(Posted February 2, 2004)

HUNTINGDON, Pa. -- Barred from attending college in her native country, Mahmooda Sonia Eqbal, a 23-year-old freshman from Kabul, Afghanistan, traveled almost half a world away to fulfill a desire to study peace and conflict at an American college.

Eqbal is one of seven Afghan women who left their homes to pursue study in the United States as part of The Initiative to Educate Afghan Women, a program administered by Roger Williams University in Bristol, R.I.

?When I complete my high school education in 1998, I did not attend college because the Taliban in Afghanistan and Pakistan had disbanded the universities,? says Eqbal. ?It was my wish to get the best education and I was interested in peace and conflict studies so I came here to Juniata.?

Under the rules of the Taliban, education of women was forbidden and punishable by beatings. Upon the liberation of the country, young women returned to schools in Afghan cities. However, decades of war have devastated local school systems. In 2002, Paula Nirschel, wife of Roger Williams University President Roy Nirschel, established the initiative by offering a four-year scholarship to an Afghan student. Other colleges, including Juniata, joined the initiative.

Candidates for the program are screened by the U.S. State Department, the president of Kabul University and other Afghan leaders. Eqbal is one of a group of Afghan students who were placed at various U.S. colleges and universities. The students return home each summer, in order to help in the reconstruction of Afghanistan.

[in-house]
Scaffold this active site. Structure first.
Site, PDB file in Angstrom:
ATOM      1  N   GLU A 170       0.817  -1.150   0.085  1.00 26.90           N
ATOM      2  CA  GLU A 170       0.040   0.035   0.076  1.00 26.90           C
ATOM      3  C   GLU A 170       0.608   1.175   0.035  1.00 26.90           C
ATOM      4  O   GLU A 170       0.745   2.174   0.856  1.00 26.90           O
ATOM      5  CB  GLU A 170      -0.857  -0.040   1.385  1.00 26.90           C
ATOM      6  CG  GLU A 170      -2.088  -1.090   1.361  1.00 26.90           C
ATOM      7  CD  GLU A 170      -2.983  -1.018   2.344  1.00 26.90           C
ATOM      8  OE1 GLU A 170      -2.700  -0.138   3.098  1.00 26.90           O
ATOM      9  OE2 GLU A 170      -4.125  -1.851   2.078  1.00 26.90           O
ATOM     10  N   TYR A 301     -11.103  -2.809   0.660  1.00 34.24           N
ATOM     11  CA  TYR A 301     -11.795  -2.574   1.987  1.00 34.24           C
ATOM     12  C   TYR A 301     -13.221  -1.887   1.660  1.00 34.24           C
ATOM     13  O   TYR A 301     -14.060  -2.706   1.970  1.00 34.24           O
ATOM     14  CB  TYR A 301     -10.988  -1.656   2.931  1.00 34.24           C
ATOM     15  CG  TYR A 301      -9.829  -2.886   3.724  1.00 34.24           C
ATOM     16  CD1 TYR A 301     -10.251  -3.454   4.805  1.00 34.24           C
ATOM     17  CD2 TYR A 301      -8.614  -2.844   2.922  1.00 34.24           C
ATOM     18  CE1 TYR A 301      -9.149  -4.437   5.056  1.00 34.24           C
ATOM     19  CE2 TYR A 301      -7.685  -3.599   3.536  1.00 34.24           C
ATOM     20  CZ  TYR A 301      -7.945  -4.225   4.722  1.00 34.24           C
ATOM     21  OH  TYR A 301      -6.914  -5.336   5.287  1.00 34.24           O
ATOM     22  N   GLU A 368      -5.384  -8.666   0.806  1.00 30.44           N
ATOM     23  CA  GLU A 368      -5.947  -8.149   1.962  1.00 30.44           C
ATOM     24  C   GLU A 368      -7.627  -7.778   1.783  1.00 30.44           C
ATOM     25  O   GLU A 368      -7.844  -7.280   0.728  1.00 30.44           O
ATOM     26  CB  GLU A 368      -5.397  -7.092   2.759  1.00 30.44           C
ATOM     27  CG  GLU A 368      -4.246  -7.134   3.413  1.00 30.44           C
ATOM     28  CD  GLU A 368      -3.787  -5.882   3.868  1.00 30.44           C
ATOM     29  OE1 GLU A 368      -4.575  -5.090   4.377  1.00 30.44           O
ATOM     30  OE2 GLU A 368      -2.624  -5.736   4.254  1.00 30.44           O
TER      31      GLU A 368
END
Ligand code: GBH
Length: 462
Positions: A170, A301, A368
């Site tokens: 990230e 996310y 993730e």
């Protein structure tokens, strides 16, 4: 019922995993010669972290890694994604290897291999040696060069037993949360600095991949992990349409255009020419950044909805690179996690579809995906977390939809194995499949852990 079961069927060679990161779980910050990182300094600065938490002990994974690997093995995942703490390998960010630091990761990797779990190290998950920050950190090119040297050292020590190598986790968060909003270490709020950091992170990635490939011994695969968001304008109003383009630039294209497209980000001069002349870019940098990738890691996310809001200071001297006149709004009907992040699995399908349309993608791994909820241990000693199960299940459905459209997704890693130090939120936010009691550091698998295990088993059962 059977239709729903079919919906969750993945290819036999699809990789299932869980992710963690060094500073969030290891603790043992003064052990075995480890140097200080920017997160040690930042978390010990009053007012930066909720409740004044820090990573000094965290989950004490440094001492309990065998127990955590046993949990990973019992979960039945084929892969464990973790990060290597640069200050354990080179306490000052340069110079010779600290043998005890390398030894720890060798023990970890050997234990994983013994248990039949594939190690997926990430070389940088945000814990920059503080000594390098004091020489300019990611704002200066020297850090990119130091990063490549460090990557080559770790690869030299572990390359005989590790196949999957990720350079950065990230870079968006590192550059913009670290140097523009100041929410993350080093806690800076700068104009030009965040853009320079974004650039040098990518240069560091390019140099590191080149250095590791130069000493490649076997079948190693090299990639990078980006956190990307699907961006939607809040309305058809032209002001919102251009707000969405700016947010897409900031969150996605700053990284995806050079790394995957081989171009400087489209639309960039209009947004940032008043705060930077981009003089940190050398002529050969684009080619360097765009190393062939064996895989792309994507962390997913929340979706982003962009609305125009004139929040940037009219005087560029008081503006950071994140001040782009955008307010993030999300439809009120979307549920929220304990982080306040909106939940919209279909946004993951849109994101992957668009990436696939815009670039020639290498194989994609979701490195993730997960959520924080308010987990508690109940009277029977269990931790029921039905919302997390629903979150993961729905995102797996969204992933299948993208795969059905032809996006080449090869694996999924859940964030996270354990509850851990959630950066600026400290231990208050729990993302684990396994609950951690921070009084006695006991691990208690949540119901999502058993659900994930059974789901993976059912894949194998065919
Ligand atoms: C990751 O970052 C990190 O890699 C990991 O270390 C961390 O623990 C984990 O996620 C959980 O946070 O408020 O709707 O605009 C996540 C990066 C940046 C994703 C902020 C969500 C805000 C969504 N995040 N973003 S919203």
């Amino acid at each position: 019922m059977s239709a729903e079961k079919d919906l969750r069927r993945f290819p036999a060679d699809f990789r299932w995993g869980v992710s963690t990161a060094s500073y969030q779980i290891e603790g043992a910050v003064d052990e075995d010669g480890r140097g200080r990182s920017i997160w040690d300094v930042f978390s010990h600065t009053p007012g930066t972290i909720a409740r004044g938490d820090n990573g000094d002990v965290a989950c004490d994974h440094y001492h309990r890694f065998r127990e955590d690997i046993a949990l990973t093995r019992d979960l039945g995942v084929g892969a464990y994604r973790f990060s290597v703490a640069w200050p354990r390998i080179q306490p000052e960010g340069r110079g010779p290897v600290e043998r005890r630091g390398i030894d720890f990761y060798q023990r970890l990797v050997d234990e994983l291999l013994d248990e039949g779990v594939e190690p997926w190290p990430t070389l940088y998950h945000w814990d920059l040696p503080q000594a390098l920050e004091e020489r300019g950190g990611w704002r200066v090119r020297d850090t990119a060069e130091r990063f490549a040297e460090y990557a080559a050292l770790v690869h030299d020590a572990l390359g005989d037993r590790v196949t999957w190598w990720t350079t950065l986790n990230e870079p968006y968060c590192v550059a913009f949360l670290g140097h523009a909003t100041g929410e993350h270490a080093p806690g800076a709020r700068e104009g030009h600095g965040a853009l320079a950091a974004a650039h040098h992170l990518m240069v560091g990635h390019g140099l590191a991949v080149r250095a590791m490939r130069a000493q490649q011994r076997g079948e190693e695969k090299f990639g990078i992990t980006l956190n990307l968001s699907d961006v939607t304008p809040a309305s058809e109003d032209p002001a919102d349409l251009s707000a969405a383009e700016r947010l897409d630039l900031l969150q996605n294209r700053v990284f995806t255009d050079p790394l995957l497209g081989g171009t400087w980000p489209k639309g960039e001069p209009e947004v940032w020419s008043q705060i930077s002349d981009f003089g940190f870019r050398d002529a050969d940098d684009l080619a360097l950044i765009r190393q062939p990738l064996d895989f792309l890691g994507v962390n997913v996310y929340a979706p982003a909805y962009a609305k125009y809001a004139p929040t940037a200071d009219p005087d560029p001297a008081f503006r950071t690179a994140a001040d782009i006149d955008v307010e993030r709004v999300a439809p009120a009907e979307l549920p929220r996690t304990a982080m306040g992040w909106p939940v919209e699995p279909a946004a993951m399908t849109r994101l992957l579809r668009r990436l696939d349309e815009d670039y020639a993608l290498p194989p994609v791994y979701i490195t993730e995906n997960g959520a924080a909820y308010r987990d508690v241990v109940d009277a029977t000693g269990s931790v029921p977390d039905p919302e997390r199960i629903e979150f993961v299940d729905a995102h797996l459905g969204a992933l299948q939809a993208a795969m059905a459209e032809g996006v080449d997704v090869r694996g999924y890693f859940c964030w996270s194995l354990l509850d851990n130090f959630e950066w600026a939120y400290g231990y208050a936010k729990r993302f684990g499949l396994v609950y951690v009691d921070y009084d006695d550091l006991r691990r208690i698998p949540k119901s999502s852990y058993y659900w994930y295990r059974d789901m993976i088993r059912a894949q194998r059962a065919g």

?I was kind of nervous coming here, but I talked to students who had been in the program last year and looked at Juniata?s Web site and so when I came to Huntingdon it already felt like it was my campus,? Eqbal says.

Eqbal already has immersed herself into many different classes and activities. She is taking a full schedule of courses, working with the cultural education program Language In Motion and joined PAXO, the student club for students in the peace and conflict studies program.

In addition, she and several other students have taken the initiative to form the Muslim Students Association. ?I really like to talk about Afghanistan and Islam because there is definitely a lack of information about our country,? she says. ?But I am also very interested in the culture here?the food, the students?everything.?

Eqbal, who worked for UNICEF before coming to Juniata and is the only daughter of an official with Afghanistan?s Foreign Ministry, is looking forward to playing a role in rebuilding her country. ?I will go back every summer, but I hope to work for Afghanistan in the Ministry of Foreign Affairs,? she says.

Contact April Feagley at feaglea@juniata.edu or (814) 641-3131 for more information.